Stuart Toms wrote:Re 1962 junior photo: F46 is Malcolm East. I remember him well from School House and from endless games of fives, at which, in the parlance of the day, he was 'dead jammy'! Interesting how the rules to fives evolved according to the area of the school in which they were played, but then we were boarders with little else to entertain us!
Re 1962 junior photo - E17 is Andrew Picton. I remember him well from my home town. Last heard of in America, nothing more known.
Re 1962 junior photo G8 I think is Viv Snell.
I'll have a look through as there are more faces I recognise but alas, memory plays me false and the names escape into the void.
What I found fascinating was seeing the 1962 senior photo which I had never seen before. The juniors and the seniors of the boarding house (for I was in School House ) were all thrown together and knew each other well, but the seniors are but fading sepia-stained images filtered through the diminution of memory, and to compare what I remember with what the photo remembers is enlightening.
Should you need further topics for discussion, may I suggest re-evaluations of the significance of The Magic Tus Number! - 149 - (as we all know, one of the fundamental numbers of Modern Physics!) I do remember John Skipp saying that we never sang hymn no. 149 at assembly for fear of the ruckus that would ensue. How many people still use it as part of their passwords? I am giving away nothing here.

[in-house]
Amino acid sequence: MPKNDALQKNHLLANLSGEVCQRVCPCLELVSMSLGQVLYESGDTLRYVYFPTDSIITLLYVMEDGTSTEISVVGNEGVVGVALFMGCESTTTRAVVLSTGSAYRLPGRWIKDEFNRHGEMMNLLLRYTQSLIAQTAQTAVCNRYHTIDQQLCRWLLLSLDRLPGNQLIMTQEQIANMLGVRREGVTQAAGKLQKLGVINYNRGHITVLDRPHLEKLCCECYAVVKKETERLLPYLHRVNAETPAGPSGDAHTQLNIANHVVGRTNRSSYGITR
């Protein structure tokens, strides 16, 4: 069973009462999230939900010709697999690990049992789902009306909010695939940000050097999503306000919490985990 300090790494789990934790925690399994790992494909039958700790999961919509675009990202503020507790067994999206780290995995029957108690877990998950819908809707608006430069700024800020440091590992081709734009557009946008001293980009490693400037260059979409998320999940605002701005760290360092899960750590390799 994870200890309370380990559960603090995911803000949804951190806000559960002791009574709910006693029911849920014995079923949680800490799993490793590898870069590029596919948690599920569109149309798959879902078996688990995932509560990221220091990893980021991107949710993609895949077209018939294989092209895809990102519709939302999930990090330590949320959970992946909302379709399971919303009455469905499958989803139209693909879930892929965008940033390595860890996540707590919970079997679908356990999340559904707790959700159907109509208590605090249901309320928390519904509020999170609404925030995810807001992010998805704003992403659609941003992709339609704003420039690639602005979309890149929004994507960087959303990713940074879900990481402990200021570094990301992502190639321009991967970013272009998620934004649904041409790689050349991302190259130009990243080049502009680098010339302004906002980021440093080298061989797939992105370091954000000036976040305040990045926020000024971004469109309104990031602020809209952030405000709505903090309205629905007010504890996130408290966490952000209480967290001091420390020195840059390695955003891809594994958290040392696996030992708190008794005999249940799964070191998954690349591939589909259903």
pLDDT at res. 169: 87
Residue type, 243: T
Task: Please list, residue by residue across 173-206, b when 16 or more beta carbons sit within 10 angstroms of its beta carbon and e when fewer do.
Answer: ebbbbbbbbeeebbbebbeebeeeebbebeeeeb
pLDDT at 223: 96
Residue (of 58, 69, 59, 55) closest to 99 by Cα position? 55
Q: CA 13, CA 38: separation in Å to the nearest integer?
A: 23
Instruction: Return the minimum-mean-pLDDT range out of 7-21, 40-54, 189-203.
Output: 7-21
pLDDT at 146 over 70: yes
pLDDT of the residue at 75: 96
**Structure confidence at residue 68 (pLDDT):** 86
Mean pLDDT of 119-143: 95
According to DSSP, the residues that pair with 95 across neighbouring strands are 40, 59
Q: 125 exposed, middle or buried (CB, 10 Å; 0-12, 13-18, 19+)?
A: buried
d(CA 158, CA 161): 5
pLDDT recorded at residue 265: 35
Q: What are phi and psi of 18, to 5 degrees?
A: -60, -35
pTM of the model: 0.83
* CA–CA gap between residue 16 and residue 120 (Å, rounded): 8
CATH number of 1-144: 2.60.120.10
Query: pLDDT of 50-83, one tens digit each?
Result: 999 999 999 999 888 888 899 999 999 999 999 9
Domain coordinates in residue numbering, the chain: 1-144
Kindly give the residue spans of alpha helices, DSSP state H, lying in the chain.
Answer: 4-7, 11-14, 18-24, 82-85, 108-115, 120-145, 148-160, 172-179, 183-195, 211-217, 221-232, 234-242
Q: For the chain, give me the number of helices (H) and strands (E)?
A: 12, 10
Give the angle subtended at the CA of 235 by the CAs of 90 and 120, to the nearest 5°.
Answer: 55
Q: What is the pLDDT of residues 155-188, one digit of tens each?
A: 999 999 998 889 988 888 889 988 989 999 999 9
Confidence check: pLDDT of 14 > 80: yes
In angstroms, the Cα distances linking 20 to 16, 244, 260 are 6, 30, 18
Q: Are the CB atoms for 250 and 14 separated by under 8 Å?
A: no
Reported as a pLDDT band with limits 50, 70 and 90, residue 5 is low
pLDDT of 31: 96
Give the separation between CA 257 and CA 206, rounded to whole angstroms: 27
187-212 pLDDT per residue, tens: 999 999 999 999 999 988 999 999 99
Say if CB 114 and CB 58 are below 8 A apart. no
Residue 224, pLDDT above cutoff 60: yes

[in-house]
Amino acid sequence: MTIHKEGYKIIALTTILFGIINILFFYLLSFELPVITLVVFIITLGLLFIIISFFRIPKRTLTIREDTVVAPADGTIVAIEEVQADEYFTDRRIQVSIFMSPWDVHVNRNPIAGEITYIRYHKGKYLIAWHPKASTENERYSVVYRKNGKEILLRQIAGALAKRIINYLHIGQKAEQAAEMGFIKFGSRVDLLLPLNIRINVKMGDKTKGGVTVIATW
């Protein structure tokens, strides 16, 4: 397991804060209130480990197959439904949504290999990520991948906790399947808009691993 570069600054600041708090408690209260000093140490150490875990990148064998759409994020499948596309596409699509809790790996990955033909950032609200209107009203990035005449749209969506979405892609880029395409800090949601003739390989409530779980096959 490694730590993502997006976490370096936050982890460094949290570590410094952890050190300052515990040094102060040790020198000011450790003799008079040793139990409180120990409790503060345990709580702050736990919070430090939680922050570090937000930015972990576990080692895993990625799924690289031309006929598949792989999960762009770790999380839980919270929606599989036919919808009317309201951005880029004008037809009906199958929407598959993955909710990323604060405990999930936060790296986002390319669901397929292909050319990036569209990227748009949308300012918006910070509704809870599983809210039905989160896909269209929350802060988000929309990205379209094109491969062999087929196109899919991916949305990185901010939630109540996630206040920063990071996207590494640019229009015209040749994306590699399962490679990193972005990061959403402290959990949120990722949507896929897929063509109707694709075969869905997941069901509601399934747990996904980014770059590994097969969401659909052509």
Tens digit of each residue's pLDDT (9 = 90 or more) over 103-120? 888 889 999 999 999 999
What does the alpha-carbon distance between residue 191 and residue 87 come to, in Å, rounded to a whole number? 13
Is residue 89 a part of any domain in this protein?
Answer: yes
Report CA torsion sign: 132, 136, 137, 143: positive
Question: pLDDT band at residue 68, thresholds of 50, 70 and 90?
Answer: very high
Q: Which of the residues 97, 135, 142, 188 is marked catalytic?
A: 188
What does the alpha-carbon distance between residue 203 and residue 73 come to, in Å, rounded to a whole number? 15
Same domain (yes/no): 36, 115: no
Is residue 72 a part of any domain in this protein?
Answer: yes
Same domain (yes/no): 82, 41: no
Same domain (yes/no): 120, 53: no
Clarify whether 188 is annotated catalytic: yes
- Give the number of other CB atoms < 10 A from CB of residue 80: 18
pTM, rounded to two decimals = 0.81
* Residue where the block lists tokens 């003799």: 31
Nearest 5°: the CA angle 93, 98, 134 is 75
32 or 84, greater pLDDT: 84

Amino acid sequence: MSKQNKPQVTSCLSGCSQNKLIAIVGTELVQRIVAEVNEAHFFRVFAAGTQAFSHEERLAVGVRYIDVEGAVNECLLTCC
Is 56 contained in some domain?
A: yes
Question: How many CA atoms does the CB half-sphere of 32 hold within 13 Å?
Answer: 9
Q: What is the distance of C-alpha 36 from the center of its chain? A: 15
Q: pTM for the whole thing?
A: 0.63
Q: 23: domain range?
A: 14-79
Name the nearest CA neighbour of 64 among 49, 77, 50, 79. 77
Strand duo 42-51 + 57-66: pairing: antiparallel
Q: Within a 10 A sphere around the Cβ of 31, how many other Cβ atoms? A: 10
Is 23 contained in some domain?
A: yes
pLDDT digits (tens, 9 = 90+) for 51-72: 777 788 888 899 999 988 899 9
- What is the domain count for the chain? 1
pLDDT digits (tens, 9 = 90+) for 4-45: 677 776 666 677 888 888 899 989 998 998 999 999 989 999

My brother got my facts slightly wrong. I teach music and still play in several bands, anything from rock to folk to jazz. If anyone is interested in communicating I would be delighted to hear but it may take a time to reply as I am not 'internet savvy!'
I do have a few more memories of the John Mayall gig about which I see there has been some correspondence. When this crowded life of mine allows I'll try and pass them on.
All the best to you and yours
Stuart Toms (alias 'Yogi') 1961-1968
Thanks for that, Stuart. Re '149': Andrew MacTavish wrote the definitive piece on 'one four nine' at the Old Boys website in the January 2007 issue. EDIT: unfortunately, I can't give reliable links to this because they keep messing around with the official RGS website, so I have taken the liberty of filching MacT's splendid article and putting it in its entirety here...